French Defence (Reti Gambit):
Example of a Checkmate Opening win for Black's Army

Checkmate in the Opening
Black Wins in 9 Moves
[French Defence (Reti Gambit)]

Checkmate from the...
French Defence (Reti Gambit)
- Overview -

Checkmate Openings - Black Wins - French Defence - Reti Gambit Checkmate Win for...

Wins in...
9 Moves

French Defence...
1. e4 e6

...(Reti Gambit)
2 b3 d5 3. Bb2

Checkmate Sequence
1. e4 e6 2. b3 d5 3. Bb2 dxe4 4. Nc3 Nf6 5. Qe2 Bb4 6. O-O-O Qe7 7. Nxe4 Ba3
8. Nxf6+ Qxf6 9. Bxa3 Qa1# 0-1

White's Game-Losing Mistakes

White's game-losing mistakes appear to be ...

  • 4. Nc3, blocks the effectiveness of Bb2, while also seems to invite Black's dark-Bishop to attack at b4 (5...Bb4), which subsequently troubles White on the Queenside, throughout the remaining moves of the game, playing a significant role in White's early Checkmate victory.

    Black's e4-Pawn is weak and without support, though also in an awkward position for White - can't play Nf3, while Ne2 blocks the light-Bishop's option of Bf1-c4.

    What is noted is Black has developed only Pawns, so, while not definite, it's likely that a Piece would emerge next.

    Perhaps White's better option would be 4. Ne2, aiming also for g2-g3 & Bf1-g2, and let either the d2- or f2-Pawn deal with an attack by ...e4-e3 ... and then seek to Castle Queenside.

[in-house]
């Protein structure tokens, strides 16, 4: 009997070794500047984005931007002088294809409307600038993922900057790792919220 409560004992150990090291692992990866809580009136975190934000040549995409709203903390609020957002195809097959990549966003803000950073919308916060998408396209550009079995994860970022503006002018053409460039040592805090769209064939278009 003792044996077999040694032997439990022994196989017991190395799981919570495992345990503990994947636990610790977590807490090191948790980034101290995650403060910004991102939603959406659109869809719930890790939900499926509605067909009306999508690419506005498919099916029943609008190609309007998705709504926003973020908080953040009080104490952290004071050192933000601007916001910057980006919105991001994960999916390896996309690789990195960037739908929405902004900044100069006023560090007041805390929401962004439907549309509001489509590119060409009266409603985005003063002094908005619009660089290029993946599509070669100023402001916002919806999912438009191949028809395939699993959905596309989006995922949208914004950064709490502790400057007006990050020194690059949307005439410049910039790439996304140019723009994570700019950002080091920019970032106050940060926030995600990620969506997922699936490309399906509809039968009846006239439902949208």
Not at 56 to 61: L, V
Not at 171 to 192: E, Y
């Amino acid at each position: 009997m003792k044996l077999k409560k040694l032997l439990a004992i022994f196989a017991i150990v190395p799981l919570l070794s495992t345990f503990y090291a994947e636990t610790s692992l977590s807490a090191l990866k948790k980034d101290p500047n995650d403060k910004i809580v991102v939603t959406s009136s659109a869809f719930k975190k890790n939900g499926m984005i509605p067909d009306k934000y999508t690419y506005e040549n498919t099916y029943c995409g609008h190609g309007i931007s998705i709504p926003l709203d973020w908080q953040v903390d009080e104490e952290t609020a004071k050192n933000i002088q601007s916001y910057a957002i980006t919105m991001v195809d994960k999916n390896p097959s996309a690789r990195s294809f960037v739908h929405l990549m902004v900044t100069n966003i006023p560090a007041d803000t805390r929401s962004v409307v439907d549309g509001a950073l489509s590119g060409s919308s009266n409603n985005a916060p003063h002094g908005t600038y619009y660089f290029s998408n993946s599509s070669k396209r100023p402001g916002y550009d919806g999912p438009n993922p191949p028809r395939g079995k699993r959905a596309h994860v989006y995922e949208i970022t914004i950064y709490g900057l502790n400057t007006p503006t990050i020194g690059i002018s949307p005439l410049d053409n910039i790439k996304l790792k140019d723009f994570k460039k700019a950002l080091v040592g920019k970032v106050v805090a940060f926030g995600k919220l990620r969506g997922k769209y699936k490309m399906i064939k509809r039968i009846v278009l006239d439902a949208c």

I wonder whether White's problems were made worse by playing the Reti Gambit, which invited Black's d-Pawn to e4, in the first place?

  • 6. O-O-O, seems to Castle the King into trouble, which is counter-intuitive to the purpose of Castling (seeking to get the King into safer, more-secure territory, as development progresses.

  • 7. Nxe4, Black's e4-Pawn has probably been bugging White's thinking. Having Castled Queenside, and with Rd1 in prime position, it might have been better to invite e4-e3, then White's d2xe3 unleashes Rd1 on what would be the Open d-file, while transferring the d-Pawn to the e-file, an improvement over its current d2 predicament versus Black's e4-Pawn.

  • 8. Nxf6+, attempts to prevent Black's KN joining in, but only serves to let in Black's Queen, the Piece that Checkmates White's King (9...Qa1#).

    By taking the Knight further away towards Black's Kingside territory, White clearly wasn't alert to his King being left to defend, first, the dark-Bishop (Bb2), then the Queenside.

    Once Bb2 was cleared from the board, White's Queenside Pawns left this region weak and open to attack ... which is what Black's Queen exploits with 9...Qa1#.

Checkmate Sequence + PGN

Here's how the French Defence (Reti Gambit) can lead to a Checkmate Win for Black, in the Opening phase:

[Event "Checkmate Opening - French Defence (Reti Gambit)"]
[Date "2012.02.02"]
[White "?"]
[Black "?"]
[Result "0-1"]
[PlyCount "18"]

1. e4 e6 {French Defence} 2. b3 d5 3. Bb2 {Reti Gambit} dxe4 4. Nc3 Nf6 5. Qe2 Bb4 6. O-O-O Qe7 7. Nxe4 Ba3 8. Nxf6+ Qxf6 9. Bxa3 Qa1# 0-1

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